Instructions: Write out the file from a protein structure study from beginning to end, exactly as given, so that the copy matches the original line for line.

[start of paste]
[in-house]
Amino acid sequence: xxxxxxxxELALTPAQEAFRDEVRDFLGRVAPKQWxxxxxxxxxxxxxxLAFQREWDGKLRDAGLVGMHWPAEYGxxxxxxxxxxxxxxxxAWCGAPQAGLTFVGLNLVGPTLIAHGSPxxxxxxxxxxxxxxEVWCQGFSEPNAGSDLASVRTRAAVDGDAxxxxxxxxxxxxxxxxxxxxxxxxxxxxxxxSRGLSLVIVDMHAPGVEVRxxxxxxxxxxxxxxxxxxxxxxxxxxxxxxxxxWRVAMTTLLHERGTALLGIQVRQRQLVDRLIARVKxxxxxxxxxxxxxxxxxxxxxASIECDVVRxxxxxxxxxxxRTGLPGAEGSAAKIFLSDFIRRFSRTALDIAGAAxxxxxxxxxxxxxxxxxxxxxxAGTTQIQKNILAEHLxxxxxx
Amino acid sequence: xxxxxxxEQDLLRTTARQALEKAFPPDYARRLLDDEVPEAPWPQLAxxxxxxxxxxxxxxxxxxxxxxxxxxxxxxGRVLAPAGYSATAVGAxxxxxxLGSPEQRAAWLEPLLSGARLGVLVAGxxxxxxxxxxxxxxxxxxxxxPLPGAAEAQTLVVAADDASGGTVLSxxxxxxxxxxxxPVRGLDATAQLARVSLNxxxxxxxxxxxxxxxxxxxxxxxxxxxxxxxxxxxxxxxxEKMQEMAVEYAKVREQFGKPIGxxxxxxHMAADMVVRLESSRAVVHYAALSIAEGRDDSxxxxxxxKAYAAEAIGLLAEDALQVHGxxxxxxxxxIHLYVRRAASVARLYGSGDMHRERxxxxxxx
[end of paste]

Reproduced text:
[in-house]
Amino acid sequence: xxxxxxxxELALTPAQEAFRDEVRDFLGRVAPKQWxxxxxxxxxxxxxxLAFQREWDGKLRDAGLVGMHWPAEYGxxxxxxxxxxxxxxxxAWCGAPQAGLTFVGLNLVGPTLIAHGSPxxxxxxxxxxxxxxEVWCQGFSEPNAGSDLASVRTRAAVDGDAxxxxxxxxxxxxxxxxxxxxxxxxxxxxxxxSRGLSLVIVDMHAPGVEVRxxxxxxxxxxxxxxxxxxxxxxxxxxxxxxxxxWRVAMTTLLHERGTALLGIQVRQRQLVDRLIARVKxxxxxxxxxxxxxxxxxxxxxASIECDVVRxxxxxxxxxxxRTGLPGAEGSAAKIFLSDFIRRFSRTALDIAGAAxxxxxxxxxxxxxxxxxxxxxxAGTTQIQKNILAEHLxxxxxx
Amino acid sequence: xxxxxxxEQDLLRTTARQALEKAFPPDYARRLLDDEVPEAPWPQLAxxxxxxxxxxxxxxxxxxxxxxxxxxxxxxGRVLAPAGYSATAVGAxxxxxxLGSPEQRAAWLEPLLSGARLGVLVAGxxxxxxxxxxxxxxxxxxxxxPLPGAAEAQTLVVAADDASGGTVLSxxxxxxxxxxxxPVRGLDATAQLARVSLNxxxxxxxxxxxxxxxxxxxxxxxxxxxxxxxxxxxxxxxxEKMQEMAVEYAKVREQFGKPIGxxxxxxHMAADMVVRLESSRAVVHYAALSIAEGRDDSxxxxxxxKAYAAEAIGLLAEDALQVHGxxxxxxxxxIHLYVRRAASVARLYGSGDMHRERxxxxxxx